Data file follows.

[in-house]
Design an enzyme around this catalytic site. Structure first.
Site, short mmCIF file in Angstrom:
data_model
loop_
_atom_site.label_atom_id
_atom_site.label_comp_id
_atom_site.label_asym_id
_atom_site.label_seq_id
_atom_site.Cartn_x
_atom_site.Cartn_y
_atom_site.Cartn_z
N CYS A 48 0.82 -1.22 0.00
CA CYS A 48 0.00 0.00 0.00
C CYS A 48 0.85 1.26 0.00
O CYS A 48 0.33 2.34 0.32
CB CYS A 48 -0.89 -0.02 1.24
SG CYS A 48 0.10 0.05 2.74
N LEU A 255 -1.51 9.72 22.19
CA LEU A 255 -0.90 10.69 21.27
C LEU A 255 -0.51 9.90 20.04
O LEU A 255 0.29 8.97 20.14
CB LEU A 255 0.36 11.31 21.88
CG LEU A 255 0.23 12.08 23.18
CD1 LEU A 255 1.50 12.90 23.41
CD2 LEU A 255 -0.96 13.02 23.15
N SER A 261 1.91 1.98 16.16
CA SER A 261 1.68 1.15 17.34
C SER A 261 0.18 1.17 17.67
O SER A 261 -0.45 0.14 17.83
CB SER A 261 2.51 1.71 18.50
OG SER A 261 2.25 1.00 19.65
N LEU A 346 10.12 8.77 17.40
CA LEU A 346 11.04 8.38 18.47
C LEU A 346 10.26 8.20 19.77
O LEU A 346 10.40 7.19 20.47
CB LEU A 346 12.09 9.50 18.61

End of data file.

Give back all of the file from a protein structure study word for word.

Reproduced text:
[in-house]
Design an enzyme around this catalytic site. Structure first.
Site, short mmCIF file in Angstrom:
data_model
loop_
_atom_site.label_atom_id
_atom_site.label_comp_id
_atom_site.label_asym_id
_atom_site.label_seq_id
_atom_site.Cartn_x
_atom_site.Cartn_y
_atom_site.Cartn_z
N CYS A 48 0.82 -1.22 0.00
CA CYS A 48 0.00 0.00 0.00
C CYS A 48 0.85 1.26 0.00
O CYS A 48 0.33 2.34 0.32
CB CYS A 48 -0.89 -0.02 1.24
SG CYS A 48 0.10 0.05 2.74
N LEU A 255 -1.51 9.72 22.19
CA LEU A 255 -0.90 10.69 21.27
C LEU A 255 -0.51 9.90 20.04
O LEU A 255 0.29 8.97 20.14
CB LEU A 255 0.36 11.31 21.88
CG LEU A 255 0.23 12.08 23.18
CD1 LEU A 255 1.50 12.90 23.41
CD2 LEU A 255 -0.96 13.02 23.15
N SER A 261 1.91 1.98 16.16
CA SER A 261 1.68 1.15 17.34
C SER A 261 0.18 1.17 17.67
O SER A 261 -0.45 0.14 17.83
CB SER A 261 2.51 1.71 18.50
OG SER A 261 2.25 1.00 19.65
N LEU A 346 10.12 8.77 17.40
CA LEU A 346 11.04 8.38 18.47
C LEU A 346 10.26 8.20 19.77
O LEU A 346 10.40 7.19 20.47
CB LEU A 346 12.09 9.50 18.61